Washington State University researchers find a new energy-efficient way to produce hydrogen gas from ethanol and water. This method has the potential to make clean hydrogen fuel a more viable alternative for gasoline to power cars.
Researchers used the ethanol and water mixture and a small amount of electricity in a novel conversion system to electrochemically produce pure compressed hydrogen. Carbon dioxide from the reaction is captured in a liquid form.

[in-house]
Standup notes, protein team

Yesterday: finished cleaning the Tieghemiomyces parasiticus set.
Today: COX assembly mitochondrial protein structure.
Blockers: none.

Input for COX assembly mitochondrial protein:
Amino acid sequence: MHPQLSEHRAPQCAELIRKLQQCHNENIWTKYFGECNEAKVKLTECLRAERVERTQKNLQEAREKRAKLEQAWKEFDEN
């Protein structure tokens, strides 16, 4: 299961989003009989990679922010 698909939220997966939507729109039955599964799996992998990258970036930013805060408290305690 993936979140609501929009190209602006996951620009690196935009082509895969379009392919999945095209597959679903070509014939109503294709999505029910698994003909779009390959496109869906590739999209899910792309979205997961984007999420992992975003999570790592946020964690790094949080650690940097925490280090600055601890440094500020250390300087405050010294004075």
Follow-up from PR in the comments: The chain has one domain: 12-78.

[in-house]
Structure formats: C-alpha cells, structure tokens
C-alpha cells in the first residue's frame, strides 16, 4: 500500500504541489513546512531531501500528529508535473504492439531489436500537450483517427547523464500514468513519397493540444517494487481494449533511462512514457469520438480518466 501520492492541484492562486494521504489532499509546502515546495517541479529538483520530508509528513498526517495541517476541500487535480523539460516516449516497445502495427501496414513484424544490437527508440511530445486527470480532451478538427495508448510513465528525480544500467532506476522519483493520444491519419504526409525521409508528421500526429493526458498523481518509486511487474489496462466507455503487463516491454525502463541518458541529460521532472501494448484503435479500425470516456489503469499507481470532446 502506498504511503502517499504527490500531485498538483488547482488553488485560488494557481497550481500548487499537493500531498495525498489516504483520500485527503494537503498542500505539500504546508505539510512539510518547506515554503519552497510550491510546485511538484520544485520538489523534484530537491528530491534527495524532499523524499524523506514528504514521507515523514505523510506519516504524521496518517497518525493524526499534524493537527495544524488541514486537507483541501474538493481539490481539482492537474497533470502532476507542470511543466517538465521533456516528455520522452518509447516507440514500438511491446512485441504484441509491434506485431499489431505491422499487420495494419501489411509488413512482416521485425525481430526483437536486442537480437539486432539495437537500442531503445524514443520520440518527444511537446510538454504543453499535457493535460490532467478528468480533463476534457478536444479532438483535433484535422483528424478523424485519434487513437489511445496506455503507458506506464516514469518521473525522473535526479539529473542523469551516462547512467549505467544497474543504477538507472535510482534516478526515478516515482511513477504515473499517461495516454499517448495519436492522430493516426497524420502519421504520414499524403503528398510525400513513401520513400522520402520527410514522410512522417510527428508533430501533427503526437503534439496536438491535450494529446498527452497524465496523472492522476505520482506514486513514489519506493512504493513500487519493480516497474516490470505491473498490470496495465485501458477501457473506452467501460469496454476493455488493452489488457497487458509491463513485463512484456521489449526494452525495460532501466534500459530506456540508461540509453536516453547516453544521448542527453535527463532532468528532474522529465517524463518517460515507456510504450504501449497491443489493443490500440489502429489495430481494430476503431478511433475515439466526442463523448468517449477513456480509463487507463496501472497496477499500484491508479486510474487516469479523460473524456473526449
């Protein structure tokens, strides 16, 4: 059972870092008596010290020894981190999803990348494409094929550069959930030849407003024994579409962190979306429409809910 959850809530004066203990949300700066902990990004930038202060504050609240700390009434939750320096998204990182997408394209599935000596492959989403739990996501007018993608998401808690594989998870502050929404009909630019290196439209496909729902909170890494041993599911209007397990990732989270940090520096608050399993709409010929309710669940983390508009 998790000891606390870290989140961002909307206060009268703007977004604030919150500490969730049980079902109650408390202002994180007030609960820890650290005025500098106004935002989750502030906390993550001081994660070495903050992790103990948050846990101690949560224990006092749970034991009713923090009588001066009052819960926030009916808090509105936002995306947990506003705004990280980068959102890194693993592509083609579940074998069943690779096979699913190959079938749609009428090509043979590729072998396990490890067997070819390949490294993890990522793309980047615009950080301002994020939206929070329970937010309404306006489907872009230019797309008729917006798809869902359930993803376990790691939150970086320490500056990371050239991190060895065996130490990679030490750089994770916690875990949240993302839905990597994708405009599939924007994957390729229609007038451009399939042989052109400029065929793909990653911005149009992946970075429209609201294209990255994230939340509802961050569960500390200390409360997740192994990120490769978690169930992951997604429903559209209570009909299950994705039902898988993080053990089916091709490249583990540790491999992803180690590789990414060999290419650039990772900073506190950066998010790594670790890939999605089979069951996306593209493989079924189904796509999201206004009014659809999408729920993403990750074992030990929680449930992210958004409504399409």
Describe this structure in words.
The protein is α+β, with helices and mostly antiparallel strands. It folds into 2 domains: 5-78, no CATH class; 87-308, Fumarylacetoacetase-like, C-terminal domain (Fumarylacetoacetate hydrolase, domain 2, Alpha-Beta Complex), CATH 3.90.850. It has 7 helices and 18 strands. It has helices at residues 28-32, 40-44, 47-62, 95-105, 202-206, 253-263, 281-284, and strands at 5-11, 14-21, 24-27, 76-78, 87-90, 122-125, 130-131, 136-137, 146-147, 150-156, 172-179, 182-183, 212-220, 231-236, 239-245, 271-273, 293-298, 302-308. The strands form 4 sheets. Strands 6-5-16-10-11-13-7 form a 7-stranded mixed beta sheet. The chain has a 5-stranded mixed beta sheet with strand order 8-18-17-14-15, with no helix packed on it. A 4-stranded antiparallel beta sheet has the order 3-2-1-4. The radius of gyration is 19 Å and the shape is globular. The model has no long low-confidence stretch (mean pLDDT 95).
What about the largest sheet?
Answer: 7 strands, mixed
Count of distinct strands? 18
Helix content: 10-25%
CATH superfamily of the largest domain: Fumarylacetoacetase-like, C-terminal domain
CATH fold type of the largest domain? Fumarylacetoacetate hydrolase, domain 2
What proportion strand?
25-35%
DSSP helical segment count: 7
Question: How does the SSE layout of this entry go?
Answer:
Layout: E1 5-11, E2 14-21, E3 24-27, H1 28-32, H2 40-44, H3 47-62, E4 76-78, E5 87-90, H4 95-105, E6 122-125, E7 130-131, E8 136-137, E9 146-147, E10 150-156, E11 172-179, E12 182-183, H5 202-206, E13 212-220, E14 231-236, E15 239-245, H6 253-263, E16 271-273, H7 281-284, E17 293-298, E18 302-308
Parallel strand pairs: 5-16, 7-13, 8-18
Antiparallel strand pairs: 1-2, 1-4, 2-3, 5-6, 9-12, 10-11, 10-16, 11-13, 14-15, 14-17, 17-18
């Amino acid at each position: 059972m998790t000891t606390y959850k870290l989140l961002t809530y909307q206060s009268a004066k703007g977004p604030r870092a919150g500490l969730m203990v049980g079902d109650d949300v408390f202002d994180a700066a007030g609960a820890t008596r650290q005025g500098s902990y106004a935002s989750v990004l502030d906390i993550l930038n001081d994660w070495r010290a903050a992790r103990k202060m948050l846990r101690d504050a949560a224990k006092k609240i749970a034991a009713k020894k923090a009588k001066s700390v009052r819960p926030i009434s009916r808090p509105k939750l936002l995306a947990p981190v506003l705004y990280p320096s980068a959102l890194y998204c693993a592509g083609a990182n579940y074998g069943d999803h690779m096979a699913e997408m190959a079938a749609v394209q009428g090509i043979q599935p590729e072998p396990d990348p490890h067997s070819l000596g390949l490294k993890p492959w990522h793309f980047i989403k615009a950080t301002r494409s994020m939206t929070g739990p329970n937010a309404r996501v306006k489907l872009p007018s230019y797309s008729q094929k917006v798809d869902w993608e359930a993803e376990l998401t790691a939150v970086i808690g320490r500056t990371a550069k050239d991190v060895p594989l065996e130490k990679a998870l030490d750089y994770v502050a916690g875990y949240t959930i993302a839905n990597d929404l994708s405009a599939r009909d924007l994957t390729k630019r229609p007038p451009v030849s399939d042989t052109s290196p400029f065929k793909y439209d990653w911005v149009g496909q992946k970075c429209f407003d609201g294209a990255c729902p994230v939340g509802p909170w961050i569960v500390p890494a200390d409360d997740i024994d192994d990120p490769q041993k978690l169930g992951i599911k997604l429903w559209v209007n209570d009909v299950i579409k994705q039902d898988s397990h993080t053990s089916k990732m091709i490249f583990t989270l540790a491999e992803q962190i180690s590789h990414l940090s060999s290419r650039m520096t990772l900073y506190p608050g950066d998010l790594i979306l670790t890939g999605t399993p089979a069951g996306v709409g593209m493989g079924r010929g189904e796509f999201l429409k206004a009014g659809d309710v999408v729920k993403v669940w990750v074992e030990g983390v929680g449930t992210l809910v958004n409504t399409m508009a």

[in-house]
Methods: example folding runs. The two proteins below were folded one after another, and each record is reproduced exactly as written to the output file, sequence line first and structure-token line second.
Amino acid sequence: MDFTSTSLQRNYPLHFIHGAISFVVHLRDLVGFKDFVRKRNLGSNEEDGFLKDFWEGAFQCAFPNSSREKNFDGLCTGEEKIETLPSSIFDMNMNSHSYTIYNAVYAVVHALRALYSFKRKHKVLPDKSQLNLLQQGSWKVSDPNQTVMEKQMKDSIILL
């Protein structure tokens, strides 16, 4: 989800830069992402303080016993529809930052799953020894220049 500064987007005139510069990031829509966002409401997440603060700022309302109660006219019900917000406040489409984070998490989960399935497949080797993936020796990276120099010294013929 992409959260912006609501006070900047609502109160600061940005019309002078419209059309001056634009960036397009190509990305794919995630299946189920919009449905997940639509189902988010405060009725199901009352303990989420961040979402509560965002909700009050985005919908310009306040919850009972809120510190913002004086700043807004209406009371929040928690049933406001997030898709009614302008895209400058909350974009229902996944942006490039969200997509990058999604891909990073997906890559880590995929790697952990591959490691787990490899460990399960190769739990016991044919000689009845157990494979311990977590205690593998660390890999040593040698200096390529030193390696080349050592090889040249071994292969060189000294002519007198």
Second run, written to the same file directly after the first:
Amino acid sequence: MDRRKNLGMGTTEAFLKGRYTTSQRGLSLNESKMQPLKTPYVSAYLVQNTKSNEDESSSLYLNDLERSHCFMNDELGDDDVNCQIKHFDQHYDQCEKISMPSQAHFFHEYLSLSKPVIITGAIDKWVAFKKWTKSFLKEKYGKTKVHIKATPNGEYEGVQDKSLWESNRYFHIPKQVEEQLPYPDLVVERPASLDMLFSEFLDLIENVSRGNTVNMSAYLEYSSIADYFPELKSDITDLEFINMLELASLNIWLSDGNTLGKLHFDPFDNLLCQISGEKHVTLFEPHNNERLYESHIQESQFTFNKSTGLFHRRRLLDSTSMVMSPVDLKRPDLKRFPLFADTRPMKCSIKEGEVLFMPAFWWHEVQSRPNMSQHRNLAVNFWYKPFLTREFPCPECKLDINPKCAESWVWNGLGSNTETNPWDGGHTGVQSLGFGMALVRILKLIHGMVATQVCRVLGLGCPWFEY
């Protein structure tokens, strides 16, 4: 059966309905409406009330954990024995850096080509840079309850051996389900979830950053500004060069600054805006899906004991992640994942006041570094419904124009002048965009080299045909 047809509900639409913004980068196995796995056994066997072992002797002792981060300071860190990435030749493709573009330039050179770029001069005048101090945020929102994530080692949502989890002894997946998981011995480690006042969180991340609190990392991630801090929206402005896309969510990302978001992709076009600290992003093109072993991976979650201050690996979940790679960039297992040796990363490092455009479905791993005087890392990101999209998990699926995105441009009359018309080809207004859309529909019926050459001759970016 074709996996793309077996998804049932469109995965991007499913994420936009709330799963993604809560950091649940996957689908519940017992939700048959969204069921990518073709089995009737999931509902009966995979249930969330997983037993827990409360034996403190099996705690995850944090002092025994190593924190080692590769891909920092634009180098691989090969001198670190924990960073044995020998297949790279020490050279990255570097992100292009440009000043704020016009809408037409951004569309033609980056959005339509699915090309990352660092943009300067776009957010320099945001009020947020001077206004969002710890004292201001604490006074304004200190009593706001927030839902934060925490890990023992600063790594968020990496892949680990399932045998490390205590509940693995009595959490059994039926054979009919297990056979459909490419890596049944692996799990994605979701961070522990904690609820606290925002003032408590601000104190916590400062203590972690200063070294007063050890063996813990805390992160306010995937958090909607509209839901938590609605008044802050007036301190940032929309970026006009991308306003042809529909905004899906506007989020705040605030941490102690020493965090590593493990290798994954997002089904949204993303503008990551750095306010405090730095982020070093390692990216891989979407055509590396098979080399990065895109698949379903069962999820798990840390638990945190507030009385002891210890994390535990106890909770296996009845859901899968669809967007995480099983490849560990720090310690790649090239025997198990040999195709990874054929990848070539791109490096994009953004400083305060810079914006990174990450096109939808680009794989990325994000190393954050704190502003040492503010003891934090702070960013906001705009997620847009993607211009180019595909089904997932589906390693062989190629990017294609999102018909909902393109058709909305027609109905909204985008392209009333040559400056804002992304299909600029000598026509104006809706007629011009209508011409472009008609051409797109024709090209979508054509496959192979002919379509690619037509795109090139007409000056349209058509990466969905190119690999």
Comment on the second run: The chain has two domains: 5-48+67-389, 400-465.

The innovation means that hydrogen could be made on-site at fueling stations, so only the ethanol solution would have to be transported. It is a major step in eliminating the need to transport high-pressure hydrogen gas, which has been a stumbling block for its use as a clean energy fuel.
Researchers are working to scale up the technology and operate it in a continuous manner as well as working to make use of the carbon dioxide captured in the liquid.
The work was funded by the Gas Technology Institute and the US Department of Energy’s RAPID Manufacturing Institute.